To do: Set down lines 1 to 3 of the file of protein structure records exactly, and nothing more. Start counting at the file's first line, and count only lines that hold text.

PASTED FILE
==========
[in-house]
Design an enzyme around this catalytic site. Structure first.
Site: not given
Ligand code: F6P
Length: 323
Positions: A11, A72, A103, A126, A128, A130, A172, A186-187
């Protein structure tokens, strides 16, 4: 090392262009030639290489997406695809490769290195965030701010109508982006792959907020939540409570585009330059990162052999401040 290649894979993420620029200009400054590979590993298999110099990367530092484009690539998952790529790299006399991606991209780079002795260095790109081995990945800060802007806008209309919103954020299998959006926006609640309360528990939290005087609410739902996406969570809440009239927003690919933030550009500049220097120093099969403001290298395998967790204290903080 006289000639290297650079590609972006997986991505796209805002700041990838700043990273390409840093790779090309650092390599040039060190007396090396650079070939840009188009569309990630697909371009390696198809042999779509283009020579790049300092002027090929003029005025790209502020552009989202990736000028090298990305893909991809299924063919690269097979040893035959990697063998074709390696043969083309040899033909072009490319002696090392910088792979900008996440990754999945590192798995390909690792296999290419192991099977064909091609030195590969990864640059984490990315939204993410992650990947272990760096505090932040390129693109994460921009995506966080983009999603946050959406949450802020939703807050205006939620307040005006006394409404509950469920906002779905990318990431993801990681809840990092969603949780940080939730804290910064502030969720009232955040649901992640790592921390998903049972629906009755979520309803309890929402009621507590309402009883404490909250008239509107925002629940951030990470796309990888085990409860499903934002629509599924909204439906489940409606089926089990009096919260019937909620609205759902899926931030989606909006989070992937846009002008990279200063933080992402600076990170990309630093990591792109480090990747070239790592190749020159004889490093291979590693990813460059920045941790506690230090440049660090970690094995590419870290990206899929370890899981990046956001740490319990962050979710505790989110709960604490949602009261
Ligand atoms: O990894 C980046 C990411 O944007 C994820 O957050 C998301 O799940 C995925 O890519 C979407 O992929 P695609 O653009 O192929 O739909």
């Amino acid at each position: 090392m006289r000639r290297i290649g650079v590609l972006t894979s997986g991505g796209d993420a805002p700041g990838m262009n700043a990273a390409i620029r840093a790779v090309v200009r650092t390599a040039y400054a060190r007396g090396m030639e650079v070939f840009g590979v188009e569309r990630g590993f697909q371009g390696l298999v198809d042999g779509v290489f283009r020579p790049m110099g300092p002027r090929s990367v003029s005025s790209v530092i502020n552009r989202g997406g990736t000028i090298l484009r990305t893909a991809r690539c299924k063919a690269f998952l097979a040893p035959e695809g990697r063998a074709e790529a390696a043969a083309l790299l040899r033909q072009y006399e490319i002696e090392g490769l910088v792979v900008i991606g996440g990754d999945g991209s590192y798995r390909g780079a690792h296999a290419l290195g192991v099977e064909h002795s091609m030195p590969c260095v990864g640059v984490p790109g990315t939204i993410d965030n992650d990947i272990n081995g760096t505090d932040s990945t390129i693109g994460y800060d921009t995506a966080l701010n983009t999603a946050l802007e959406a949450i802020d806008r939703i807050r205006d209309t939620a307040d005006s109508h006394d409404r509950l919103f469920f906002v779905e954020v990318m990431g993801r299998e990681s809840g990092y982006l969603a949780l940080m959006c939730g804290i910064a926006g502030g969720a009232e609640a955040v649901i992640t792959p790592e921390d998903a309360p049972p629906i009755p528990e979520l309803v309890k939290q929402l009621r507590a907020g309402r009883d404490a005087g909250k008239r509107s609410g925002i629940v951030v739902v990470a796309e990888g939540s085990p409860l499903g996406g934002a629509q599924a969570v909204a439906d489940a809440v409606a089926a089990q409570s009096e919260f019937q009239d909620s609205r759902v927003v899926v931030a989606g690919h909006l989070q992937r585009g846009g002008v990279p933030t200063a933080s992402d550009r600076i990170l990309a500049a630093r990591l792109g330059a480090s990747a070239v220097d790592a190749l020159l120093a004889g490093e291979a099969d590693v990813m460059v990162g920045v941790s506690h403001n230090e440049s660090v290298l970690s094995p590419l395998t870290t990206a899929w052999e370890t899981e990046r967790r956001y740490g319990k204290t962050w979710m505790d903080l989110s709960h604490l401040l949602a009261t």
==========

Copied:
[in-house]
Design an enzyme around this catalytic site. Structure first.
Site: not given